Department of Electrical and Computer Engineering University of Rochester Ph.D. Public Defense
Graph Algorithms for VLSI Power and Clock Networks
Supervised by Professor Eby Friedman
Wednesday, April 27, 2022
Computer Studies Building Room 426
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The exponential growth in the computational capabilities of humankind cannot be sustained without innovative design methodologies to manage the immense complexity of VLSI systems. To facilitate cooperation across diverse disciplines, the IC design process is composed of multiple abstraction layers. Decomposition of the VLSI process into discrete components enables the automation of manually intractable circuit design tasks. Graph theory plays an important role in electronic design automation (EDA) by providing powerful and versatile algorithms to tackle a variety of VLSI system design issues at each layer of abstraction. In this dissertation, a diverse spectrum of applications of graph theory in the design of VLSI circuits is discussed, ranging from coloring-based register allocation at the register transfer layer to tree-based floor planning at the physical layer.
Graph-based synthesis of VLSI power and clock distribution networks is emphasized in this dissertation. By exploiting the duality between a random walk within a graph and resistive electrical networks, an efficient algorithm for analyzing arbitrarily large power grids is proposed. Based on this model, a set of voltage regulators are efficiently distributed within a power grid, drastically improving the power integrity of a synthesized integrated system.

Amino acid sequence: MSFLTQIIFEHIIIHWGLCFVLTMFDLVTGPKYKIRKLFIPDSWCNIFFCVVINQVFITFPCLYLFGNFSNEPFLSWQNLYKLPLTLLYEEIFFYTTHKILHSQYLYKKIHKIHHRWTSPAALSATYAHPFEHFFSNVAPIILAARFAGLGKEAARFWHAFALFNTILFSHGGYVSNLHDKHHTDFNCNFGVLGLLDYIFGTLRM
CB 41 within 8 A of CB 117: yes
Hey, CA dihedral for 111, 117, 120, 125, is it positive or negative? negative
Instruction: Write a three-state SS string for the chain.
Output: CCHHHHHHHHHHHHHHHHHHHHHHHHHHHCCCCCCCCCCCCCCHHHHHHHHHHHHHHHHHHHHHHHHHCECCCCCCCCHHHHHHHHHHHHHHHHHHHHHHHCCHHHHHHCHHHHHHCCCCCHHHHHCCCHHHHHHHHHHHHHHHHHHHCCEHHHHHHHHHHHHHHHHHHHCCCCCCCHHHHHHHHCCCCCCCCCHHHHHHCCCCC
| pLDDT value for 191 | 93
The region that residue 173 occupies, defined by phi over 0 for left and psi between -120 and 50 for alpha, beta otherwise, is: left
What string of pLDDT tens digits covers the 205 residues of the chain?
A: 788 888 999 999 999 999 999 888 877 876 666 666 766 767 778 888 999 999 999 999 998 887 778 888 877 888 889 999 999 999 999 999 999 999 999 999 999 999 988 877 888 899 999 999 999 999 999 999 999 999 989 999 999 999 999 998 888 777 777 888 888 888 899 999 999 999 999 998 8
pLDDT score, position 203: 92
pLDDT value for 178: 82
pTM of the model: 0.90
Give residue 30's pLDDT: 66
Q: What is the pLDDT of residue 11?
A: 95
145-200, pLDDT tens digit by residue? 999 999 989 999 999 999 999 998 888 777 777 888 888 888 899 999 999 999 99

To facilitate the development of power distribution networks at early stages of the system design process, the Smart Power ROUTing (SPROUT) tool for power delivery exploration and prototyping at the board level is proposed. By converting the physical layout of the power network into a graph, prototypical physical layouts of a power network are efficiently created. From an analysis of these prototypes, the power network characteristics can be accurately predicted during early stages of the design process.
Finally, graph theory is applied to synthesize clock distribution network for super- conductive single flux quantum (SFQ) integrated circuits. A clock skew scheduling algorithm, originally developed for CMOS circuits, is adapted to synchronize SFQ circuits. Based on a schedule of clock arrival times produced for SFQ systems, a clock tree topology is determined. Using the proposed proxy graph technique, a clock tree layout based on the clock tree topology is synthesized.